Hallucinogenic legal drugs says it helps patients revisit traumatic moments without the overhang of the usual fear or shame. Guided by a therapist, patients can work through their thoughts more deeply and eventually let them go. Mitchell likens the effects of MDMA on memories to snow falling in a snow globe.
Imagine skiing down a mountainside using the same trail every time. Beyond PTSD, psychedelic drugs also offer Hallucinogenic legal drugs for depression and anxiety treatments. A Johns Hopkins study from last year observed how adults with depression responded to two doses of psilocybin — and they thrived. The psychedelics outperformed other currently existing antidepressants four-fold. In another study, a participant who had taken many anti-anxiety medications that had never helped his depression finally got better after facilitated therapy sessions with psilocybin.
He was stuck thinking the same negative thoughts over and overand the psilocybin helped him cut that circuit short so he could heal. The legislation allows adults to exchange psychedelics with each other, so long as no money is involved. It would essentially sanction party drugs, argued Republican Sen.
Pat Bates of Laguna Niguel. But social sharing also opens up liability questions that concern Mitchell, the neuroscientist. As decriminalization movements gain traction on the West Coast, some Native American groups in the Southwest remain concerned it could encroach on their traditional practices. The peyote cactus — a natural source of the psychedelic drug mescaline — is central to religious ceremonies for the Navajo Nation. The Los Angeles Times reported last year that some Navajo were upset by cities considering ordinances to decriminalize peyote.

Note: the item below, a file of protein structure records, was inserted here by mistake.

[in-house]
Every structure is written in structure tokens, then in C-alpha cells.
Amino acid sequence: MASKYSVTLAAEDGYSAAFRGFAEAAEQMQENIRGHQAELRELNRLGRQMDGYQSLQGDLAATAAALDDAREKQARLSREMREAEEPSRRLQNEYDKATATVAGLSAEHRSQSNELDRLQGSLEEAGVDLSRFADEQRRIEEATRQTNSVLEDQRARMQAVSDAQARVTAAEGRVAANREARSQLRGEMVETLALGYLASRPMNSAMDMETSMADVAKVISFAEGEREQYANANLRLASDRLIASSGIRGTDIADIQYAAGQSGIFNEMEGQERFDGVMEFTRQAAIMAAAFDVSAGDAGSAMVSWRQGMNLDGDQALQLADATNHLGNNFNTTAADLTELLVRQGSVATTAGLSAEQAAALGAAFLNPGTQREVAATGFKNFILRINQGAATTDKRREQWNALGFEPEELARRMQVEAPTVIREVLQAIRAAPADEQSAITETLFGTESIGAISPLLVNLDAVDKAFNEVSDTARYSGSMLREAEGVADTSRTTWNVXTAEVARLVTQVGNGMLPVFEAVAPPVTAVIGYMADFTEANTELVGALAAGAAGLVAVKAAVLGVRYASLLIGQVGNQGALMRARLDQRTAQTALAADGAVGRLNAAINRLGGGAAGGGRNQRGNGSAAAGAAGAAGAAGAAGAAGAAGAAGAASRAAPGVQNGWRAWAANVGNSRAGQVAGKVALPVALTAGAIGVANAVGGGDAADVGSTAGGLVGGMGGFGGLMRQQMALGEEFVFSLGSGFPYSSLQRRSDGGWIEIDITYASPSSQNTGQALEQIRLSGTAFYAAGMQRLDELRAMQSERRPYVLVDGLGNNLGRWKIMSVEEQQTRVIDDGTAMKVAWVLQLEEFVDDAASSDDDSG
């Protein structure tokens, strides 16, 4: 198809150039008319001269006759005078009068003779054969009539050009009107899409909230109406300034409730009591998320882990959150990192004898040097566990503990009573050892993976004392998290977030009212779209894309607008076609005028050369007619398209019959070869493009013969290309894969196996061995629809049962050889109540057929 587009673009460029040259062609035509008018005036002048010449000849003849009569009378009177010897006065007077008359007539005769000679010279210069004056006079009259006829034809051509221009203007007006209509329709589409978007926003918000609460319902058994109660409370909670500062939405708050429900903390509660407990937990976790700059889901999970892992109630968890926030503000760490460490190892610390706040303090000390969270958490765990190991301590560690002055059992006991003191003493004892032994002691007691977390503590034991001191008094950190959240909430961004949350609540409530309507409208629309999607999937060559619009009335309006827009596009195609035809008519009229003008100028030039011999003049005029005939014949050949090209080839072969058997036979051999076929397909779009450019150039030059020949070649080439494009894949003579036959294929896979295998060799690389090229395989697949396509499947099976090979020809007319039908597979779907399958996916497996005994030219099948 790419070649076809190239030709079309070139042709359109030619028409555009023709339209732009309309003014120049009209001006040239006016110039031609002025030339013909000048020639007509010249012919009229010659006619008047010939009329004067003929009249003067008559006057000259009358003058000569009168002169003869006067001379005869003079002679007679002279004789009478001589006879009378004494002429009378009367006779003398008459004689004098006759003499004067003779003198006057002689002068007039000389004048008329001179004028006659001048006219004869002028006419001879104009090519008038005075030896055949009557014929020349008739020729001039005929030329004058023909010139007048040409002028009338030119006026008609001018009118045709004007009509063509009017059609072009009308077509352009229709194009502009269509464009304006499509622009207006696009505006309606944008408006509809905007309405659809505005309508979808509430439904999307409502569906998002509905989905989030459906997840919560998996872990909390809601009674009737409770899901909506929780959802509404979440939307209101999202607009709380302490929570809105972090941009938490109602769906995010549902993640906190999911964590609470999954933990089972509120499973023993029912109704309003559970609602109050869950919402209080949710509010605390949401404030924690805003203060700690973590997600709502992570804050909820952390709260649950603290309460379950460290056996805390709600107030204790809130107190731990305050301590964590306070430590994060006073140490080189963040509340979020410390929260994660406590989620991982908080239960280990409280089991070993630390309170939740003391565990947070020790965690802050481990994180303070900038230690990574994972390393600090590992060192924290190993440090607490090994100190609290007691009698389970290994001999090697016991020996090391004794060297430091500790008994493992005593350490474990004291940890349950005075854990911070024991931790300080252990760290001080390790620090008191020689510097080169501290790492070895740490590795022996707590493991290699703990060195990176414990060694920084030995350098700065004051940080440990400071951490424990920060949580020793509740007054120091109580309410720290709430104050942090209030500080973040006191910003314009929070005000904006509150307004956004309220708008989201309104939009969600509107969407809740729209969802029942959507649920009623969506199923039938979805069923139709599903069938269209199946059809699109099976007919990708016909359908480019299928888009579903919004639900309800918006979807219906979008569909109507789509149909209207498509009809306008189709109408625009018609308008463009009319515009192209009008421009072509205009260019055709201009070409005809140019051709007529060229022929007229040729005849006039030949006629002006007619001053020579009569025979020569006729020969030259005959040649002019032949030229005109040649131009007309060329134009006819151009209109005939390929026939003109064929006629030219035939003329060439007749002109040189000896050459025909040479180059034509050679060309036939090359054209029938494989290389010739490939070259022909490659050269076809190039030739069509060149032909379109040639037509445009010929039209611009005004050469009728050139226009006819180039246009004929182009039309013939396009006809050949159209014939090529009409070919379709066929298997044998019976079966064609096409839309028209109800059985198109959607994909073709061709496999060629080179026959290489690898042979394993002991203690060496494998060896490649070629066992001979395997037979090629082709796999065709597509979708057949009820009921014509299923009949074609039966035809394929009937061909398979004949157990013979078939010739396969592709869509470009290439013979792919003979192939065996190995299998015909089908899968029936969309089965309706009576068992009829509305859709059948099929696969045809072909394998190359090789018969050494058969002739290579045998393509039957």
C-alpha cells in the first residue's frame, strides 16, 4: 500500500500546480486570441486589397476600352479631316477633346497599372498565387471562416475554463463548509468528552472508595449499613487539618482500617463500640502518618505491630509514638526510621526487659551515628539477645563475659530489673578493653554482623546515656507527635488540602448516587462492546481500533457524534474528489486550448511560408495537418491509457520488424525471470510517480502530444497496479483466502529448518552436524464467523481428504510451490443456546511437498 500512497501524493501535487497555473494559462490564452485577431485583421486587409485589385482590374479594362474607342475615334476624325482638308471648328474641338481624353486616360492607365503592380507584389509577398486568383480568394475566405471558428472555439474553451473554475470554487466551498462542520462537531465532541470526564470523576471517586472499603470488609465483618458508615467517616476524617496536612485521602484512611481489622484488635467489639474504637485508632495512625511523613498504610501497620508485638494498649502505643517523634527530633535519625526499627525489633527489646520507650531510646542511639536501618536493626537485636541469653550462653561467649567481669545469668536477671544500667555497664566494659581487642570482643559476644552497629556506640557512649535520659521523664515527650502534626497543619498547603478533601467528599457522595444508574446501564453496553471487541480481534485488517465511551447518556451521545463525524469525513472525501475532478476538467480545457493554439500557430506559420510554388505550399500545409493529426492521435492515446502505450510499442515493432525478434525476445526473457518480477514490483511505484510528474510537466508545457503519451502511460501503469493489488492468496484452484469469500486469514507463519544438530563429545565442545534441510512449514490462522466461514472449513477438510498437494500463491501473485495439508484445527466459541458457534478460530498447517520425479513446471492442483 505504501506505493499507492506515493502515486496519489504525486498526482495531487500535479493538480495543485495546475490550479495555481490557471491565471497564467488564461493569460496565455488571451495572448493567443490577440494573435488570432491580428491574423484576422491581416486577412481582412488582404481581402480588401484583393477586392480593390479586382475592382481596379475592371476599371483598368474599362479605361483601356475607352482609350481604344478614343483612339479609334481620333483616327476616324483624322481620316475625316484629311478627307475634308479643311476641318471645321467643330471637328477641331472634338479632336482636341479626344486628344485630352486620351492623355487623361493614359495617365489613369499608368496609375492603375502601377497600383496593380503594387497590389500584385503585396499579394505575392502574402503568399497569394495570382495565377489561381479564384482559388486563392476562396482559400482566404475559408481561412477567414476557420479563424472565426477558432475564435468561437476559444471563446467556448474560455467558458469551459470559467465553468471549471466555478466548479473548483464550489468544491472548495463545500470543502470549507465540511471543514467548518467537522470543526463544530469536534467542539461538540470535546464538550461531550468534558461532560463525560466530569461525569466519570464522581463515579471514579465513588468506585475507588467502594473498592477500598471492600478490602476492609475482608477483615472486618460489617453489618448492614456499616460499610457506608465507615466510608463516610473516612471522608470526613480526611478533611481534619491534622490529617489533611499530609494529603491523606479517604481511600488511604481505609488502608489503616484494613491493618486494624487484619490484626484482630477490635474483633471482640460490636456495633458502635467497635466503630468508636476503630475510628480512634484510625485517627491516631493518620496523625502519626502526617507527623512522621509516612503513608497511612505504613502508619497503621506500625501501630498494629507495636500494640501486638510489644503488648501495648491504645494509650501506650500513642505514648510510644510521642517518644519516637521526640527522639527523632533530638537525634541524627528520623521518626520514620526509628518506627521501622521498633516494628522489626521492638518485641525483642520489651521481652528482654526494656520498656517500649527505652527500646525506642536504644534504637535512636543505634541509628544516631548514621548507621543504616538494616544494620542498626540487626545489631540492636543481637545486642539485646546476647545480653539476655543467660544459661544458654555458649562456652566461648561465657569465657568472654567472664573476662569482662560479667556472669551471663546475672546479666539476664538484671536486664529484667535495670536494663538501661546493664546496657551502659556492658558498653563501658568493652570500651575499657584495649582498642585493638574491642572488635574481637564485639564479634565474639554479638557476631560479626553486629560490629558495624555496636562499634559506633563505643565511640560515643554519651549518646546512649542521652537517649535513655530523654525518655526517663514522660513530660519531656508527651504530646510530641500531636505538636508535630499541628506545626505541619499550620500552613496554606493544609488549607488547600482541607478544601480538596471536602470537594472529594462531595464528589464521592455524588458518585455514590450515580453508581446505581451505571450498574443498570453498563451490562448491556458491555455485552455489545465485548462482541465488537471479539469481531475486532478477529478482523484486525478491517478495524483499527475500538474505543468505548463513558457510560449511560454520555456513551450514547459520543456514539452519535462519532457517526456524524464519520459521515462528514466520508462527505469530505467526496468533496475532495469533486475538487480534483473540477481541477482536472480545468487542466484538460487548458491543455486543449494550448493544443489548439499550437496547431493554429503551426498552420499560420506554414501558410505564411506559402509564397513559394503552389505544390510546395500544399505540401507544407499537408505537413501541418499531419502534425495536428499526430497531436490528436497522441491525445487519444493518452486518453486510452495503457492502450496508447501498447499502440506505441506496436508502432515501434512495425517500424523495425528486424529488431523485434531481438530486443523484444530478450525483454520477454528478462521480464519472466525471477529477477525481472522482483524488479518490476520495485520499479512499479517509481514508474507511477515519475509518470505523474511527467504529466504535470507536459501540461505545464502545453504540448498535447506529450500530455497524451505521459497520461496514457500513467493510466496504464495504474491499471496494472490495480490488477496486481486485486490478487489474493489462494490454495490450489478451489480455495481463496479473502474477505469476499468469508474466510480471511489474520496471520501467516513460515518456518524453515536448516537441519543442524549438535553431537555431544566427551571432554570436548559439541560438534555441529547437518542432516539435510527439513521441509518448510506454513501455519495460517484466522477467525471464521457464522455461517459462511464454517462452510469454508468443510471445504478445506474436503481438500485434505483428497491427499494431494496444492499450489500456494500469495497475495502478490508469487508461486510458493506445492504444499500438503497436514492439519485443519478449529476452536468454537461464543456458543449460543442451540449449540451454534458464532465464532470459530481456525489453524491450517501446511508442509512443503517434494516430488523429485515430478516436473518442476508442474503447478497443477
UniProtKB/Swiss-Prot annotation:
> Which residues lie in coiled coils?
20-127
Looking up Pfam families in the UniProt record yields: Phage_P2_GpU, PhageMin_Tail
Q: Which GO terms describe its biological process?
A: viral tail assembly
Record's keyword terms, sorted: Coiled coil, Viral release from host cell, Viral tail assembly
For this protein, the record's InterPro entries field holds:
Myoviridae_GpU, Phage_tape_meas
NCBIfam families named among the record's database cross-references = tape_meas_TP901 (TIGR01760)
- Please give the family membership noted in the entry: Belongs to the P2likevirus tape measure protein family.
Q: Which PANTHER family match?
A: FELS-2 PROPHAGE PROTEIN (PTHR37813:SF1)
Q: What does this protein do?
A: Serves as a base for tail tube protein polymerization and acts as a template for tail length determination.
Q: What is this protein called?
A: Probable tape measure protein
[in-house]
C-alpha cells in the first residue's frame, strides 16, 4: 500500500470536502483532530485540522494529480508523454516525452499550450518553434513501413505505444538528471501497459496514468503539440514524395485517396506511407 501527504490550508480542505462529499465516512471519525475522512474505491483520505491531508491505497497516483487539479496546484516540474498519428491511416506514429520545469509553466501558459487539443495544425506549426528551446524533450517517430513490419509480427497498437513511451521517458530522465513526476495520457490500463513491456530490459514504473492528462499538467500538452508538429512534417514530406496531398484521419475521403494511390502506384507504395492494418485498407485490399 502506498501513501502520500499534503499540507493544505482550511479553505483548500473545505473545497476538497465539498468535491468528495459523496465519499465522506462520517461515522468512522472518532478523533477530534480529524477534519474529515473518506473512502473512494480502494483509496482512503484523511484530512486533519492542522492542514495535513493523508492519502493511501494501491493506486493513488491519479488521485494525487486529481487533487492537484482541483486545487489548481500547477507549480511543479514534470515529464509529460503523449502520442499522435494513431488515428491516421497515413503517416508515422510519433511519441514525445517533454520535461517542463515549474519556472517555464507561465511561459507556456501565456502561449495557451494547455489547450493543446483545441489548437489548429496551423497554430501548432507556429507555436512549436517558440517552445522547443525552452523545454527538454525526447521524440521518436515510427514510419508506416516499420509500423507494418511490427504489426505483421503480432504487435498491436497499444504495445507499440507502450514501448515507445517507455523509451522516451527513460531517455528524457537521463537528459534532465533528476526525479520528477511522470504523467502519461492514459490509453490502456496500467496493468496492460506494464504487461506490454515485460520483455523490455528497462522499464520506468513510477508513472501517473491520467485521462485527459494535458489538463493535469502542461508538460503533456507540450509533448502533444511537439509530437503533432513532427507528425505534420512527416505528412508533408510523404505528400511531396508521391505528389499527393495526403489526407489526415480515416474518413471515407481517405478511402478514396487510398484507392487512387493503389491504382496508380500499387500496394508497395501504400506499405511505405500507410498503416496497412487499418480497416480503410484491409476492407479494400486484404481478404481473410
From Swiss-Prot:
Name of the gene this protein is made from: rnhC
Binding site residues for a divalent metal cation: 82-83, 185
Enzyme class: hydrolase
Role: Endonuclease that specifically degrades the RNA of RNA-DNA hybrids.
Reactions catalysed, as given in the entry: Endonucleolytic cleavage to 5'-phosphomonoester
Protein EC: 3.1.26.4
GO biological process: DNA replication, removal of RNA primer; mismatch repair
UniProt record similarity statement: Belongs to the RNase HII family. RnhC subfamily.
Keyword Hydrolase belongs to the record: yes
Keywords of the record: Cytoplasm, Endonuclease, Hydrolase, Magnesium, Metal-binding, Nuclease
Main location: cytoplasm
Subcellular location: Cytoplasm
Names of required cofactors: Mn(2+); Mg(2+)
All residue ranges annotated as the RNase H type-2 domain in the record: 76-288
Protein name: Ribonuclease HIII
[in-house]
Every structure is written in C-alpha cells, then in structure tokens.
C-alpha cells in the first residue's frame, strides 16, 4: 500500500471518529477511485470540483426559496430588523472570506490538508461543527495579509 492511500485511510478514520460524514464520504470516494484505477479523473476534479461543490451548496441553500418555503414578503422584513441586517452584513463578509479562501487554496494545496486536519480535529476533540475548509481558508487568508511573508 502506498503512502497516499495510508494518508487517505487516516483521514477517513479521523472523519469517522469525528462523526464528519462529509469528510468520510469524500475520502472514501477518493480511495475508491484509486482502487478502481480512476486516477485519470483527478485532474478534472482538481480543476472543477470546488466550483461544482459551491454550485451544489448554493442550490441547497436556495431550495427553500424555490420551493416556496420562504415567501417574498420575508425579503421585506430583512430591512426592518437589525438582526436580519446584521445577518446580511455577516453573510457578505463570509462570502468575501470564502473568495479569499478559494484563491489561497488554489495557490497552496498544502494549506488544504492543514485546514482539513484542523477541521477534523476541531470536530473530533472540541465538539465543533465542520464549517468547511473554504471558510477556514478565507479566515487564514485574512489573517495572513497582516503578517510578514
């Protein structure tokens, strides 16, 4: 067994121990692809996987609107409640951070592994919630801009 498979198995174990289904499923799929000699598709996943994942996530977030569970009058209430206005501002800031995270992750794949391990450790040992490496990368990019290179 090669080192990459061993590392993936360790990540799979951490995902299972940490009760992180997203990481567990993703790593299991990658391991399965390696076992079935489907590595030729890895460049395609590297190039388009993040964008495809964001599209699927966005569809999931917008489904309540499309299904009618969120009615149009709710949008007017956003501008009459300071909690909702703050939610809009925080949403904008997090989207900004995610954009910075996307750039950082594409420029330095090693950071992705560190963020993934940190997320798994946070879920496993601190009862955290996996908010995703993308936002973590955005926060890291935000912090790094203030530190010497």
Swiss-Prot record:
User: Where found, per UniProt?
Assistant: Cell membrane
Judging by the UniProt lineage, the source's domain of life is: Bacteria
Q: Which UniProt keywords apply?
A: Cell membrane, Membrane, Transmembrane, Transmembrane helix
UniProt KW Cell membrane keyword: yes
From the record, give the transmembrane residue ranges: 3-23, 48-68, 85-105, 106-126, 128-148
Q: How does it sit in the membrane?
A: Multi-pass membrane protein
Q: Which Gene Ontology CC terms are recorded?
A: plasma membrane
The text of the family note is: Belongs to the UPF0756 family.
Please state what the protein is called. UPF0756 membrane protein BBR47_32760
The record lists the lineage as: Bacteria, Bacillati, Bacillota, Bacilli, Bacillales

They fear it would diminish the natural supply of peyote, which is already a vulnerable species. While it would still be illegal to possess a peyote cactus, the bill would allow mescaline from other types of cacti. InOakland became the first city in California to decriminalize all psychedelic plants. Less than a year later, Santa Cruz passed a similar measure. But those are some of the most progressive enclaves Hallucinogenic legal drugs California.
The Assembly has a bloc of moderate Democrats — some of whom represent swing districts — who sometimes side with Republicans to kill liberal legislation. We want to hear from you. Want to submit a guest commentary or reaction to an article we wrote? You can find our submission guidelines here. Please contact CalMatters with any commentary questions: [ protected]. She is working with Laurel Rosenhall. She recently graduated More by Marissa Garcia. We want to hear from you Want to submit a guest commentary or reaction to an article we wrote? Marissa Garcia [ protected] twitter.Hallucinogenic legal drugs
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The most convincing argument for legalizing LSD, shrooms, and other psychedelics